Kotick, who has been a director of the Coca-Cola Company since 2012, said he won’t stand for re-election because he intends to dedicate more of his time to his Activision Blizzard role ahead of the company’s planned acquisition by Microsoft.
It was announced in January that the Xbox maker intends to purchase Activision Blizzard in a $68.7 billion deal – the game industry’s biggest ever by some distance.
Giving Microsoft exclusive ownership of franchises including Call of Duty, Warcraft, Overwatch, Crash Bandicoot and Guitar Hero, the deal is expected to be completed in the first half of 2023.
“I have decided not to stand for re-election to The Coca-Cola Company board in order to focus my full attention on Activision Blizzard at this pivotal time as we prepare for our merger with Microsoft,” Kotick said in a statement.
“It has been a pleasure and a privilege to serve on the Coca-Cola board for the past 10 years.”
Kotick has come under fire in recent months for allegedly enabling a toxic workplace culture at Activision Blizzard.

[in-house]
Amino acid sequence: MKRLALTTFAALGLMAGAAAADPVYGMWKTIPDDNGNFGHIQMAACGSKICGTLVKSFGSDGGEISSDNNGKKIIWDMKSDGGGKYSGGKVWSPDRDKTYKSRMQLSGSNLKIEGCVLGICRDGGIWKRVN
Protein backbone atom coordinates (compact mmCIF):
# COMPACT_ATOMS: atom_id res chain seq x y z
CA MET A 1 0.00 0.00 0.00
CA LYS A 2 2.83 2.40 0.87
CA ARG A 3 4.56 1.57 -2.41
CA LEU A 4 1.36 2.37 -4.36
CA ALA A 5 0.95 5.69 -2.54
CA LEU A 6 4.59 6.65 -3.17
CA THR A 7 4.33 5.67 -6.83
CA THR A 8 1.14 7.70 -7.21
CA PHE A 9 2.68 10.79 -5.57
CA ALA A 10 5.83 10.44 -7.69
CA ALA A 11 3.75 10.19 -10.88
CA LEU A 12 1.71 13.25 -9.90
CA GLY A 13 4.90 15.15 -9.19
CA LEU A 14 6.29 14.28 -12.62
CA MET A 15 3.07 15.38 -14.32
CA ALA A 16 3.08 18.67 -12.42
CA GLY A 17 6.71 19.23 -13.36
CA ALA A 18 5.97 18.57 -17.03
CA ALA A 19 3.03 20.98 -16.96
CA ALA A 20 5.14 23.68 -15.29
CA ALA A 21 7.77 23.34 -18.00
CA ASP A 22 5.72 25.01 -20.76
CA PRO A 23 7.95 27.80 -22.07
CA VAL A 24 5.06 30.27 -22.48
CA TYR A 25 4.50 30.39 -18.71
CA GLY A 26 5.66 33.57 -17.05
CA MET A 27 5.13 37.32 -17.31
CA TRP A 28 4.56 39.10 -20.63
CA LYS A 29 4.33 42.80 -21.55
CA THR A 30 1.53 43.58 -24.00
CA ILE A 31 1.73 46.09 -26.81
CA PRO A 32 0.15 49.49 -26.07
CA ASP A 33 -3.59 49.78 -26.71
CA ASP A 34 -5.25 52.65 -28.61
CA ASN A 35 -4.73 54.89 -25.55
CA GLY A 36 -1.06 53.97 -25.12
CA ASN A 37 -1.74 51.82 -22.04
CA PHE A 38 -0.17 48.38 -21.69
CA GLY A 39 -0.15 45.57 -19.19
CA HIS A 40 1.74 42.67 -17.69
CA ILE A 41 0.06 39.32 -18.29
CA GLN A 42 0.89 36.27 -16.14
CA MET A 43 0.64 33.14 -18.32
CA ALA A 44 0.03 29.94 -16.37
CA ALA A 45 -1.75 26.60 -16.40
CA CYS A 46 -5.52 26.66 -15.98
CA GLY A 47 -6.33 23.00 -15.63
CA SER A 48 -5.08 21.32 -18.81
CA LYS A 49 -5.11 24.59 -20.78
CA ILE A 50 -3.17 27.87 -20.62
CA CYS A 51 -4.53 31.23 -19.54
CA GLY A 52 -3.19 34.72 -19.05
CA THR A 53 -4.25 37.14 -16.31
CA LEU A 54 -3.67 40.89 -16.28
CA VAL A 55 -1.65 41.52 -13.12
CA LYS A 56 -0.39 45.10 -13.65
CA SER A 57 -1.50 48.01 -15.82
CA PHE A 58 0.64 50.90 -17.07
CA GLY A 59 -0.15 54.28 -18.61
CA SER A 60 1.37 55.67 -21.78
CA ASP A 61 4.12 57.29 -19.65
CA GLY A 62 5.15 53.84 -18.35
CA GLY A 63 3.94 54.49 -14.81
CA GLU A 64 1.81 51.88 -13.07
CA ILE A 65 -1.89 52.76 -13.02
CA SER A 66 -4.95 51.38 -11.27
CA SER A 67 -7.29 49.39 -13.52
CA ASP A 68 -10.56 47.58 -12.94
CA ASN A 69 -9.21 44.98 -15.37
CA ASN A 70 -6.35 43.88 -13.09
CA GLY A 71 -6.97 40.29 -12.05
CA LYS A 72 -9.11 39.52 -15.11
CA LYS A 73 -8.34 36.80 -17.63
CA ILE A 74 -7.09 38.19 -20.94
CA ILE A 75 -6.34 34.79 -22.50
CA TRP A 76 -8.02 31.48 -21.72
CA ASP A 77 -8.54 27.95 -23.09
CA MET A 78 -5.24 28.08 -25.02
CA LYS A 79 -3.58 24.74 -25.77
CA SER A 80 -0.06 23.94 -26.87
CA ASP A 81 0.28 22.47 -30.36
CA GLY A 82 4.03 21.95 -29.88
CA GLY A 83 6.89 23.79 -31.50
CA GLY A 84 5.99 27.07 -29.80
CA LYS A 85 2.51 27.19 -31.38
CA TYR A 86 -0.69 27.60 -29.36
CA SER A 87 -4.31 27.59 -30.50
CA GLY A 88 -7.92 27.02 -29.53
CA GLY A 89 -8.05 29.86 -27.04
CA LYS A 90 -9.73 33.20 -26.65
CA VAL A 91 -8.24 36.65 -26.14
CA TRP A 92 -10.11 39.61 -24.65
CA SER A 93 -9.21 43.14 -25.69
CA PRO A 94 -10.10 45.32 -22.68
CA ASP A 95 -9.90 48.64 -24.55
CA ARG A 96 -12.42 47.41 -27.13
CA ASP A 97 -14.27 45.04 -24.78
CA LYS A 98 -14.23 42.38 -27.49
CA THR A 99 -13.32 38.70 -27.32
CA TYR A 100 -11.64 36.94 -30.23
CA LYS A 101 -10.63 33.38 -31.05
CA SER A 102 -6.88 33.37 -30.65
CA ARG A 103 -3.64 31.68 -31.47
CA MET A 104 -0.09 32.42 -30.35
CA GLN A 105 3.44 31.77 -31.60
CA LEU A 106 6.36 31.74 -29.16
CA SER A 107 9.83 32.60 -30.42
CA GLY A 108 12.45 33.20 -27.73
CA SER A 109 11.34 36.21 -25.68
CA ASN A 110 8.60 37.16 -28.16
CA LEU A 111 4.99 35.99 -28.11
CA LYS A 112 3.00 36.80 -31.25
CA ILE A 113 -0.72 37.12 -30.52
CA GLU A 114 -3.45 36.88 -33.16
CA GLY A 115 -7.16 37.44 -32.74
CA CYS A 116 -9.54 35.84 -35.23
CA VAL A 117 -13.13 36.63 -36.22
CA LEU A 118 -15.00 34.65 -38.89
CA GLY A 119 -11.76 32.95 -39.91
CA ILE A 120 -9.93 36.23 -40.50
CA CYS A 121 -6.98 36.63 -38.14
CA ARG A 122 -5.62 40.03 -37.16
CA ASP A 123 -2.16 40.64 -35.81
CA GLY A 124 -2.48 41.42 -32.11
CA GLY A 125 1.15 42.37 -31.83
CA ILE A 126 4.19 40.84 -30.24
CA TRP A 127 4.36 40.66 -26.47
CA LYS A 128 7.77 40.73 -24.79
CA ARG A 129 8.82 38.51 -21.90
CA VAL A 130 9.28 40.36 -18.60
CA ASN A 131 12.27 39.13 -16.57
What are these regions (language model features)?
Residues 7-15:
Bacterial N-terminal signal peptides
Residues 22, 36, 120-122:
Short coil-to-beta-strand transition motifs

In November, a Wall Street Journal report alleged that Kotick was aware of multiple sexual misconduct allegations at Activision Blizzard.
In a statement at the time, a company spokesperson said Kotick “would not have been informed of every report of misconduct at every Activision Blizzard company, nor would he reasonably be expected to have been updated on all personnel issues”.
Kotick was also accused of mistreating several female employees, including leaving a voicemail in 2006 in which he threatened to have an assistant killed.
An Activision spokesperson said of the accusation: “Mr. Kotick quickly apologized 16 years ago for the obviously hyperbolic and inappropriate voice mail, and he deeply regrets the exaggeration and tone in his voicemail to this day.”
The Activision Blizzard board also released a statement at the time saying it remained confident in Kotick’s leadership.
Kotick is reportedly expected to leave the company once the Microsoft deal closes.
In its recently published annual report, Activision Blizzard said it’s having problems attracting new employees and keeping hold of existing ones due to various factors, and that its struggles are likely to be exacerbated by ongoing litigation and bad press.